ICCJanuary 4 2012 at 6:20 PM
The Ocampo six should be released
They had no power to start or stop the genocide
This wshould be answered by the Commander In Chief who has all these powers but slept on responsibilities
If we can fight Al Shabaab,why not the internal fracas?
RAO and ICC
|January 4 2012, 7:40 PM |
That is WHY RAO must win.IT is a deal.Collusion for past 4 years
Look at how the two principles have been "working together"
RAO is to protect the then CIC-it is a deal for this collusion gova.
everything else ni drama
|January 4 2012, 10:05 PM |
Mr Gbagbo-Commander In Chief
|January 5 2012, 4:11 PM |
January 5 2012 at 12:57 PM
Confirmation of charges hearing in the case of The Prosecutor v. Laurent Gbagbo scheduled to start on 18 June 2012
Situation: Côte dIvoire
Case: The Prosecutor v. Laurent Gbagbo
On 5 December 2011, Pre-Trial Chamber III of the International Criminal Court (ICC) set the date of the beginning of the confirmation of charges hearing in the case of The Prosecutor v. Laurent Gbagbo for 18 June 2012.
This decision was announced at the initial appearance of Laurent Gbagbo before the ICC.
During this hearing, in the presence of the Prosecution and the Defence, represented by Mr Emmanuel Altit, Pre-Trial Chamber III verified the identity of Mr Gbagbo and ensured that he was clearly informed of the charges brought against him and of his rights under the Rome Statute of the ICC.
A confirmation of charges hearing is held to determine whether there is sufficient evidence to establish substantial grounds to believe that the person committed each of the crimes charged. If the charges are confirmed, the Pre-Trial Chamber commits the case for trial before a Trial Chamber, which will conduct the subsequent phase of the proceedings: the trial.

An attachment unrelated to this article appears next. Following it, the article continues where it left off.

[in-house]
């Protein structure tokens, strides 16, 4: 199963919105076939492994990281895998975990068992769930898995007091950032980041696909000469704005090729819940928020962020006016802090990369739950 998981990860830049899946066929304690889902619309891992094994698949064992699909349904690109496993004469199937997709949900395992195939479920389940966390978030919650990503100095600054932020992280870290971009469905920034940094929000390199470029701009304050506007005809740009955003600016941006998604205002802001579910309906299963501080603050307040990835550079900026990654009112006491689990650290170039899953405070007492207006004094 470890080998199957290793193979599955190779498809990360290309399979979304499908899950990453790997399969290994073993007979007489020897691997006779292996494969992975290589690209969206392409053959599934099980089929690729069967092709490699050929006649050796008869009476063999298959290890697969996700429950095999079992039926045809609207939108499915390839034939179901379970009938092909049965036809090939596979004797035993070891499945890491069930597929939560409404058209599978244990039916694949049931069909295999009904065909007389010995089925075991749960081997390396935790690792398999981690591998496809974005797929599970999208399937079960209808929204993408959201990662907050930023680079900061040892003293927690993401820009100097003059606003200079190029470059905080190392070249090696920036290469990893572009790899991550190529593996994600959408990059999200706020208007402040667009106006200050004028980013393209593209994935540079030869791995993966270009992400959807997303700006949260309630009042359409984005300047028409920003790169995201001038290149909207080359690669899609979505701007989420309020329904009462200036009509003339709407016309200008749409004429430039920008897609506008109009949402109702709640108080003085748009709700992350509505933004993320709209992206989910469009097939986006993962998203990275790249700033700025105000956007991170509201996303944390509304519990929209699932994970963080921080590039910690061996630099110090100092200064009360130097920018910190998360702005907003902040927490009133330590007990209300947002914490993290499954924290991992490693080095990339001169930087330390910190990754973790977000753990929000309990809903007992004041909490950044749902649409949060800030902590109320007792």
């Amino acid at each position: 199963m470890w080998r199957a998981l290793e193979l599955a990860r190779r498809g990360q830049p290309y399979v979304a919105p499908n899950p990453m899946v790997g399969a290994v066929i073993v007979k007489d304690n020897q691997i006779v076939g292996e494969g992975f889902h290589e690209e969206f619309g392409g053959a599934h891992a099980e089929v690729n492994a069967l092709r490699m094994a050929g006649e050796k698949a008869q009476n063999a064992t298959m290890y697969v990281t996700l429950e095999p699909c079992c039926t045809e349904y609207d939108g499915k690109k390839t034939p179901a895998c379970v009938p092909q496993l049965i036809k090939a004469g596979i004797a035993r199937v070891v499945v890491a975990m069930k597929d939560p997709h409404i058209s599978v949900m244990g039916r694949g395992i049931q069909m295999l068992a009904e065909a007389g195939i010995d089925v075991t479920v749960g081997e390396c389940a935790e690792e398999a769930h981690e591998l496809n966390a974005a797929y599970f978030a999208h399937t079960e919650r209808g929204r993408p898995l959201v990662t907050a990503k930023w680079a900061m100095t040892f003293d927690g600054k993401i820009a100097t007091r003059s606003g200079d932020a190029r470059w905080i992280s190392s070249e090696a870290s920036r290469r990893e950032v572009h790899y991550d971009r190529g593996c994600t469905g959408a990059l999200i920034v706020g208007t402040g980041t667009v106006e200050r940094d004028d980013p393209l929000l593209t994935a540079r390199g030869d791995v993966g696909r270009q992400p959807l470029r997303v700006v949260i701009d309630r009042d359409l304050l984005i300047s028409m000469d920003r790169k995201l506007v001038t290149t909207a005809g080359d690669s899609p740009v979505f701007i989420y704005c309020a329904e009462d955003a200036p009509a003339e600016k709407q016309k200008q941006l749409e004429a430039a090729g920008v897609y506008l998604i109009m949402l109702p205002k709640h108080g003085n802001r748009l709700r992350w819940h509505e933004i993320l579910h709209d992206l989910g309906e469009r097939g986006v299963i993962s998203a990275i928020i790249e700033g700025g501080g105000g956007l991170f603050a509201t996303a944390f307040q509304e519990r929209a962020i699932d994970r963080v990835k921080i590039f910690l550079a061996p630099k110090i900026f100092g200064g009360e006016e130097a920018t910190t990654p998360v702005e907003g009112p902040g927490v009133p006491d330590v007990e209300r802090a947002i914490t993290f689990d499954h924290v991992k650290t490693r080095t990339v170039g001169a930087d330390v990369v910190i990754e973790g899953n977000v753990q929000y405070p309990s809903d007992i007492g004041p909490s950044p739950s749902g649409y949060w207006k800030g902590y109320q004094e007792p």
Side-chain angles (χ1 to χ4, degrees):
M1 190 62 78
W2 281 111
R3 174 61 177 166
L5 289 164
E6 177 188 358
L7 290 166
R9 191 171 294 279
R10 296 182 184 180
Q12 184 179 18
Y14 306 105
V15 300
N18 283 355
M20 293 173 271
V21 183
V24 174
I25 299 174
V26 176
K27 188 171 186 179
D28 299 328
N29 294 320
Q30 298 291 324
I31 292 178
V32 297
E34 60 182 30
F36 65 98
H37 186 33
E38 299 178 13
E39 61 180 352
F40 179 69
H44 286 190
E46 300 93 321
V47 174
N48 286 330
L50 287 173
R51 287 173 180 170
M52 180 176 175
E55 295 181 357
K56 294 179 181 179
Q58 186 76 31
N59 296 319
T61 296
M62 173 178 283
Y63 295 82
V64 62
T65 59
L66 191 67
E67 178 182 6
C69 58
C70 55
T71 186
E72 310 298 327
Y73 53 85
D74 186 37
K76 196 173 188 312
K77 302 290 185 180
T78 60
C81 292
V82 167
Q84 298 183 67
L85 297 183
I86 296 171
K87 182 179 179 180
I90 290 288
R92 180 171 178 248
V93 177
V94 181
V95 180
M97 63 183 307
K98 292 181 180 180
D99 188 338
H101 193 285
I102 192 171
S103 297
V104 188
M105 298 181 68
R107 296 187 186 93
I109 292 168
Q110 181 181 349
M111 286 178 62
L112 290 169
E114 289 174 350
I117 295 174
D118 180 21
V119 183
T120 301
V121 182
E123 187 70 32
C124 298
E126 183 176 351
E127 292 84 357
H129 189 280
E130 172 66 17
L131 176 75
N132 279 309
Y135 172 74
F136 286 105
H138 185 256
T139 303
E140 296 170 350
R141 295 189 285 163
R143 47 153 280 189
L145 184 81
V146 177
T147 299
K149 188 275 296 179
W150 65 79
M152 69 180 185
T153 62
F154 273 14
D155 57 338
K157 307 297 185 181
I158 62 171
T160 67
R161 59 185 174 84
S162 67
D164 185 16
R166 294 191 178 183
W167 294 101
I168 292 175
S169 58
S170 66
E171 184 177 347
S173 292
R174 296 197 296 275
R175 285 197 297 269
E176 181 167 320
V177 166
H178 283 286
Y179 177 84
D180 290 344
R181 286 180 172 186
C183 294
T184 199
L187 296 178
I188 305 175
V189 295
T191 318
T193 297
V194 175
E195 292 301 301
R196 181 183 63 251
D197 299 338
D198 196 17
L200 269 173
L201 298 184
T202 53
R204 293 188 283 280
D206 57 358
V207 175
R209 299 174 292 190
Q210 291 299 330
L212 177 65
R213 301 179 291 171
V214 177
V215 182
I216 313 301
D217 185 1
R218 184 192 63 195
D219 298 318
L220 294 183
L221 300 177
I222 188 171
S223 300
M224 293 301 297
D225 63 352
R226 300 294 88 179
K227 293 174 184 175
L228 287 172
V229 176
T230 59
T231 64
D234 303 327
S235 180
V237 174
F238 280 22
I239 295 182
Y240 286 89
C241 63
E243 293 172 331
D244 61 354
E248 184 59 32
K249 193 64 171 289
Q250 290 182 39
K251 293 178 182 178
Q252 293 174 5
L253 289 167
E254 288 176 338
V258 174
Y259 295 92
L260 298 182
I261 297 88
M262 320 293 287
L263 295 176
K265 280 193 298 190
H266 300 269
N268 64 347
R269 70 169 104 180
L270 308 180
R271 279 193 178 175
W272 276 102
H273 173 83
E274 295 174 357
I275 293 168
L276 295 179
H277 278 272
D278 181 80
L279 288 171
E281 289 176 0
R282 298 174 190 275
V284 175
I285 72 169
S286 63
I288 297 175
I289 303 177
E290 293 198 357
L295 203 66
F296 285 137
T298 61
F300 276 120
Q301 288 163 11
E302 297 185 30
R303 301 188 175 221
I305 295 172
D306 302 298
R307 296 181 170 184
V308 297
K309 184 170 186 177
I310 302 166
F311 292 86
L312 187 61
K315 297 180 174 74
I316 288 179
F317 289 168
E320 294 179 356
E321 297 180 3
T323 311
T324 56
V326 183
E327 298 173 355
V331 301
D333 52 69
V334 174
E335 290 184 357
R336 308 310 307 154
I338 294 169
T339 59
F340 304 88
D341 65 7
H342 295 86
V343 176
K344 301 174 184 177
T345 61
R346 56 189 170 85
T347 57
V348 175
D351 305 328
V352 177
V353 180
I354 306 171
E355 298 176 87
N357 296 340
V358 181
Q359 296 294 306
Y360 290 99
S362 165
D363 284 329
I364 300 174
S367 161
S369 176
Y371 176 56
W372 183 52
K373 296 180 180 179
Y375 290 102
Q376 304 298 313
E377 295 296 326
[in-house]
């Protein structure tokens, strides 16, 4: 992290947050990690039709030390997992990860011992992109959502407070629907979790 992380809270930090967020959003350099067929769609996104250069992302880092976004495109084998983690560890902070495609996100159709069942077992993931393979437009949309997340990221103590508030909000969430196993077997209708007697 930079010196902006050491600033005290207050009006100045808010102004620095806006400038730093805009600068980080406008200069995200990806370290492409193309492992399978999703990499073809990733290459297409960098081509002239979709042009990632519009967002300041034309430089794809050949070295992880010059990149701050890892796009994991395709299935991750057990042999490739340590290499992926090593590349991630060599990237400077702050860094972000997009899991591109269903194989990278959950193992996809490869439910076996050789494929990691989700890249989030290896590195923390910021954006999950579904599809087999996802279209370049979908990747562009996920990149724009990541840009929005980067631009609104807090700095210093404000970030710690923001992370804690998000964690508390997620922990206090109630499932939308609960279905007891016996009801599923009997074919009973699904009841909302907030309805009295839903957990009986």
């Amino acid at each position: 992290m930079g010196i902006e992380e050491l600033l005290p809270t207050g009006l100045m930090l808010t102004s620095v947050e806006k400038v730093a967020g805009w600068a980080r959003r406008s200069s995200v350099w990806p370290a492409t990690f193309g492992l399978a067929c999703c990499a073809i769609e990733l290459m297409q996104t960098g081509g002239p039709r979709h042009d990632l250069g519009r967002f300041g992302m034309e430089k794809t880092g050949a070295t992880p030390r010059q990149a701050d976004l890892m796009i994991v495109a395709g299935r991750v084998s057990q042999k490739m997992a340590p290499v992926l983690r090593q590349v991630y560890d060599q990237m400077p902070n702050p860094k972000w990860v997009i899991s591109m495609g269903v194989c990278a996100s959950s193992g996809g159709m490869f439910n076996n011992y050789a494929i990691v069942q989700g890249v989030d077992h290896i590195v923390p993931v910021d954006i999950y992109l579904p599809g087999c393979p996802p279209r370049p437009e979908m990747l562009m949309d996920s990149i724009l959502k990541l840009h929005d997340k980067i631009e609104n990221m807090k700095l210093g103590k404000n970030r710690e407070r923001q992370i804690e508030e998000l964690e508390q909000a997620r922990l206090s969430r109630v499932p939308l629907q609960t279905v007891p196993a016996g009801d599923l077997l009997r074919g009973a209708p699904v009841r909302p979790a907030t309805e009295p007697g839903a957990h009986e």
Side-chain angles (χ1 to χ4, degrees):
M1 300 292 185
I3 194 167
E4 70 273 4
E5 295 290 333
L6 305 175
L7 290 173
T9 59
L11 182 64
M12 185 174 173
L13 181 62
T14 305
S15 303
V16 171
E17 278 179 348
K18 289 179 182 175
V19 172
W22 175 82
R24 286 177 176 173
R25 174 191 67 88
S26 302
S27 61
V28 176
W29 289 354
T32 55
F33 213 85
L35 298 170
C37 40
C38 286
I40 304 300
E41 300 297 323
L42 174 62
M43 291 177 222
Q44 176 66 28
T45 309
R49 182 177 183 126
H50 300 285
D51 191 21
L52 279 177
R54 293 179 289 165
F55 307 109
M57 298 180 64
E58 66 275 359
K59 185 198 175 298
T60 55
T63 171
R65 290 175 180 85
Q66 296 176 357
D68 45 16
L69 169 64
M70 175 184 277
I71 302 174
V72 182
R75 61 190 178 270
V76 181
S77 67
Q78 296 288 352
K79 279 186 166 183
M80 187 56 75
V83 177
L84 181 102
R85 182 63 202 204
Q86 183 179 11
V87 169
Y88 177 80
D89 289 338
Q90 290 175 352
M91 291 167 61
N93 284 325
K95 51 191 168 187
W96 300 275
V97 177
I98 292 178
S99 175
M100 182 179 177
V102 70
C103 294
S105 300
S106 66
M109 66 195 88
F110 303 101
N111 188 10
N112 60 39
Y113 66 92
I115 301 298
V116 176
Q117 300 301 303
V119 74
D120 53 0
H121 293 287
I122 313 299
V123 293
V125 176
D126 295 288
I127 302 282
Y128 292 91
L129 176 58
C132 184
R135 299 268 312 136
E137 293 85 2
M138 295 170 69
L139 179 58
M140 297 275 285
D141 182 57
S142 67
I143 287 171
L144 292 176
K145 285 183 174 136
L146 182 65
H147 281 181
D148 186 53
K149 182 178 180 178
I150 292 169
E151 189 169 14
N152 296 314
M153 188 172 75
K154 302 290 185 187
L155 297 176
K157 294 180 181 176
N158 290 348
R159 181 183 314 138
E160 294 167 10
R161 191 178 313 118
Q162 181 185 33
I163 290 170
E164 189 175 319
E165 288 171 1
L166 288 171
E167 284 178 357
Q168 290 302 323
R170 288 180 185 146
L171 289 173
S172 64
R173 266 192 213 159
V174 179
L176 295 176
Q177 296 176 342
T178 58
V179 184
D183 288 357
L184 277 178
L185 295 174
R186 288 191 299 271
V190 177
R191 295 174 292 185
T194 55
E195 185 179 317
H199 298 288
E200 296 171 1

For more information on this case, please click here.
Pre-Trial Chamber III found that there are reasonable grounds to believe that Mr Gbagbo bears individual criminal responsibility, as the Commander In chief of the Armed forces,an indirect co-perpetrator, for four counts of crimes against humanity, namely murder, rape and other sexual violence, persecution and other inhuman acts, allegedly committed in the context of post-electoral violence in the territory of Côte dIvoire between 16 December 2010 and 12 April 2011.
The Chamber also found that there are reasonable grounds to believe that in the aftermath of the presidential elections in Côte dIvoire pro-Gbagbo forces attacked the civilian population in Abidjan and in the west of the country, from 28 November 2010 onwards, targeting civilians who they believed were supporters of the opponent candidate. Allegedly, the attacks were committed pursuant to an organisational policy and were also widespread and systematic as they were committed over an extended time period, over large geographic areas, and following a similar general pattern. The attacks were allegedly often directed at specific ethnic or religious communities and left a high number of reported victims.
A plan allegedly existed between Mr Gbagbo and his inner circle and they were allegedly aware that implementing it would lead to the commission of the crimes charged. Mr Gbagbo, together with others, allegedly exercised joint control over the crimes, and made a coordinated and essential contribution to the realisation of the plan.